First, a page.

Paul  Weyrich

One of the clearest measures of a society can be found in its public school system. For example, it is no accident that in totalitarian states, such as North Korea, what may be taught comes directly from the government. Children are indoctrinated early to believe their "Dear Leader" never is wrong even though many do not have enough food to eat. And in war-torn countries or those which are deeply divided by religious differences there are few, if any, functioning public schools.

By contrast the United States has a proud history of public education for all of its children. Or at least it did. I have watched as American public schools have gone from generally good to abysmal because of the many changes in our society and because of government meddling. From forced school- busing to classes taught in every language except English, to removing "Under God" from the Pledge of Allegiance, our State and Federal Governments have been butting into the business of local schools for more than 30 years and the schools are the worse for it.

One of the latest developments in public education is that schools believe they are the de facto parents of the children who attend them. With so many children living with only one parent or two parents who work, with who knows who looking after them, it is no wonder. Now some States are trying to require girls entering the sixth grade to be immunized against something called HPV (Human Papilloma Virus), a virus that only can be transmitted through sex and which causes certain kinds of cancer. What does that say about our public schools and about the state of our culture?

There are so many things wrong with the idea -- and the fact that the immunizations would be mandatory rather than voluntary -- that it is difficult to know where to begin. However, I shall try. First, the obvious: what do we know about the vaccine? We know it is made by Merck & Company, Inc., a very large pharmaceutical firm that has been busy hiring lobbyists and advertising the drug, called Gardasil (registered trademark), in magazines and on television. We know that immunization consists of a series of three shots at a cost of approximately $400.00 per child and that making the vaccine mandatory is a Merck goal. We know that Merck lobbyists have descended upon State capitals throughout the country and created a group called Women in Government, which has samples of the "correct" legislation posted on its website. And we know that the Federal Food and Drug Administration approved the vaccine late last year.

What we do not know is whether the vaccine is safe. There has been no long-term study as to the possible side effects of the vaccine - which include nausea, headaches and fevers -- and the few short-term studies were on college-age women, not the young girls the legislation is targeting. Unfortunately, many State legislatures appear to have little reluctance and are falling down like bowling pins, rushing to do Merck's bidding. Among many others, Kansas, South Carolina, Indiana and Colorado all either have bills pending or have already have approved the plan. The latest State to approve legislation to make the vaccine mandatory is the usually sensible State of Virginia, while Texas Governor Rick Perry -- who many believe has aspirations to higher office -- has just signed an executive order requiring the same thing.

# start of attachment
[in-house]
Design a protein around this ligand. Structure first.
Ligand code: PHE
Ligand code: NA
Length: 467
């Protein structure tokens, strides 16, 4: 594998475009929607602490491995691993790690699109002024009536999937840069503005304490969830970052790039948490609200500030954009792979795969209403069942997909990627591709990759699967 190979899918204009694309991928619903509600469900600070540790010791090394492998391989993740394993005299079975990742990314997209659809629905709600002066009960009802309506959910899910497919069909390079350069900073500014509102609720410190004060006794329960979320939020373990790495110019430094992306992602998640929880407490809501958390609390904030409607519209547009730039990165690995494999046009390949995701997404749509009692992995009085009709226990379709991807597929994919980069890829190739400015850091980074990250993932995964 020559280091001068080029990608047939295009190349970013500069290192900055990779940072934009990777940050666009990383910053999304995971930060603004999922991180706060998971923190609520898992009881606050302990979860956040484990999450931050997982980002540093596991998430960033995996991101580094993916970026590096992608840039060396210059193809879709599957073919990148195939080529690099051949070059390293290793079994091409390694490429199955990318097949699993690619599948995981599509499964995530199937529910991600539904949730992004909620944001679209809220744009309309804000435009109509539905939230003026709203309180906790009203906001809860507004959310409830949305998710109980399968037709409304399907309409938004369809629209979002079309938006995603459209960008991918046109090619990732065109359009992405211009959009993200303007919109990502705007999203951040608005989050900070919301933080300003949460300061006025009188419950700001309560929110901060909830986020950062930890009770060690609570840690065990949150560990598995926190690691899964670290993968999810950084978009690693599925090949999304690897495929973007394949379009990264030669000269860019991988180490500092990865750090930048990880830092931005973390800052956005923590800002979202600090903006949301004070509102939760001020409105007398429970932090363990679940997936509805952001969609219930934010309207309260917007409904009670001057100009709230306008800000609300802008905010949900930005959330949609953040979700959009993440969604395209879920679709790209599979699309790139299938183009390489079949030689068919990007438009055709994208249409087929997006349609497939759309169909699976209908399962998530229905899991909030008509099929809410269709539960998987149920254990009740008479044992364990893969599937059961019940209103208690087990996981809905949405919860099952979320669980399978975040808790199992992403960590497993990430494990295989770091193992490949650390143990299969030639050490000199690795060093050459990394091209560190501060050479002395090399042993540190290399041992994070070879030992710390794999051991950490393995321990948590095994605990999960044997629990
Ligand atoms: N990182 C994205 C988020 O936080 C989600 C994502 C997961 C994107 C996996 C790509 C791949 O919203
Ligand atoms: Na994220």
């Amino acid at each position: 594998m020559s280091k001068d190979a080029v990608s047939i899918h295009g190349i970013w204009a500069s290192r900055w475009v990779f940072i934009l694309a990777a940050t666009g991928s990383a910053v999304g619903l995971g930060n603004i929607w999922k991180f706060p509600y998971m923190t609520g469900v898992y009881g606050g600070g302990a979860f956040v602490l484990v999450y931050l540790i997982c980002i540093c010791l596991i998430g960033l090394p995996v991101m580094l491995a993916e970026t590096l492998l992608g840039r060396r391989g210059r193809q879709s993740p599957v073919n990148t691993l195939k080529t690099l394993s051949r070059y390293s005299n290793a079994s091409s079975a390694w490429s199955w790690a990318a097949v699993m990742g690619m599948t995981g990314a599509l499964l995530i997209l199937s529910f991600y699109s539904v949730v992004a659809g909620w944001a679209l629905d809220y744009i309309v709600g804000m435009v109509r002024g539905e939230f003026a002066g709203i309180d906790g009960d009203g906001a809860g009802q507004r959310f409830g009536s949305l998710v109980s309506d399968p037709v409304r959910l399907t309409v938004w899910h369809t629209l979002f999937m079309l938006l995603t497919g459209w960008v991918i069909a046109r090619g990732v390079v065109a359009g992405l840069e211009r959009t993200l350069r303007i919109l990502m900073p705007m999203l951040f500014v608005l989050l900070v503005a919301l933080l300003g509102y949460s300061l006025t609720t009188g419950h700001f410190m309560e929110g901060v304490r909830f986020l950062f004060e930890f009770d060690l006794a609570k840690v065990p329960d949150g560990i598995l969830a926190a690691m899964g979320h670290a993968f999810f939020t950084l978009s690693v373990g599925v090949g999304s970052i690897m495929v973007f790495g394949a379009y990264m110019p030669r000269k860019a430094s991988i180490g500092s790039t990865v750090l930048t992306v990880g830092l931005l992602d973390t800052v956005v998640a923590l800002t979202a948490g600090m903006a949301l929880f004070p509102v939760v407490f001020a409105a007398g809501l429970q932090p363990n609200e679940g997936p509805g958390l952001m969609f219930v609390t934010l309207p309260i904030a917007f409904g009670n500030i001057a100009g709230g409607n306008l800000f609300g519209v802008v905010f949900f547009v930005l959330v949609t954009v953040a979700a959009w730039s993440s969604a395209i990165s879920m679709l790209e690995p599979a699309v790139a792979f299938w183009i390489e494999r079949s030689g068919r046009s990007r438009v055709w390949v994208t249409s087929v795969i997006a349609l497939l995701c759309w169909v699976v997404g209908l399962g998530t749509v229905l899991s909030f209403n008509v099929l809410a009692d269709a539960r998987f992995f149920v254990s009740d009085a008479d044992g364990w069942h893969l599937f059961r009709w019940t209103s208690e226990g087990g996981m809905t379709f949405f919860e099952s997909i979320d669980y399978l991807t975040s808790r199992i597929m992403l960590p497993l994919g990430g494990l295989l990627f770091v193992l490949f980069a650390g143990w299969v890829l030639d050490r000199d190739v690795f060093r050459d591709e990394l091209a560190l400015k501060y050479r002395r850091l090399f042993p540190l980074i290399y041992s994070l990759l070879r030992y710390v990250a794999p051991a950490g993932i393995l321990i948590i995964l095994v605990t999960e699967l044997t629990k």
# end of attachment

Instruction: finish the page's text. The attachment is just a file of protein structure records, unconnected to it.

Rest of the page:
Certainly, a vaccine that prevents any type of cancer is the sort of medical breakthrough for which many of us pray. The vaccine against HPV may yet prove to be safe but requiring vaccinations after so little research sets a dangerous precedent.

Of course, there are the obvious cultural and moral implications. What does it say about our society that eleven and twelve-year old girls might need protection against a virus which can infect them only if they are sexually active? Why on earth should young girls be given this vaccine? This sends the message that educators and parents and guardians simply don't care. More importantly, how do we as parents send a message to our children and grandchildren that they should stay abstinent until marriage when the schools require them to get vaccinations designed for the sexually active? It makes no sense at all. Gardasil (registered trademark) is not a vaccine for polio or even chicken pox, both of which were eventually - after several years of study and gradual introduction - required by law for all school-age children. The HPV virus cannot be spread through sneezing, coughing or playing with other children.

Finally, there is the matter of enacting any law that would force all children or all boys or all girls to be immunized. It should not be mandatory for anybody, adult or child, to get a vaccine for a disease that is not a public health threat. Such treatments always should be voluntary, yet over the last few decades it seems many things have come down from on high and citizens were just told, "Deal with it. It's the law." What happened to "Opting in" if you wish to go along with a program or a new technology or new medical treatment? When did we decide it was okay to force our citizens and their children to abide by new policies?

Let the parents decide whether or not their daughters should receive this vaccine. And only after there are more studies done on the vaccine itself, about which we know very little except one thing: we do know that a mandatory inoculation program costing $400 per child with approximately 2,000,000 girls in the appropriate age cohort (11-12) currently in the United States would equal an awful lot of money for a pharmaceutical company that is very much in favor of this legislation.

Paul Weyrich

Paul M. Weyrich is the late Chairman and CEO of the Free Congress Research and Education Foundation.
TOWNHALL DAILY: Be the first to read Paul Weyrich's column. Sign up today and receive daily lineup delivered each morning to your inbox.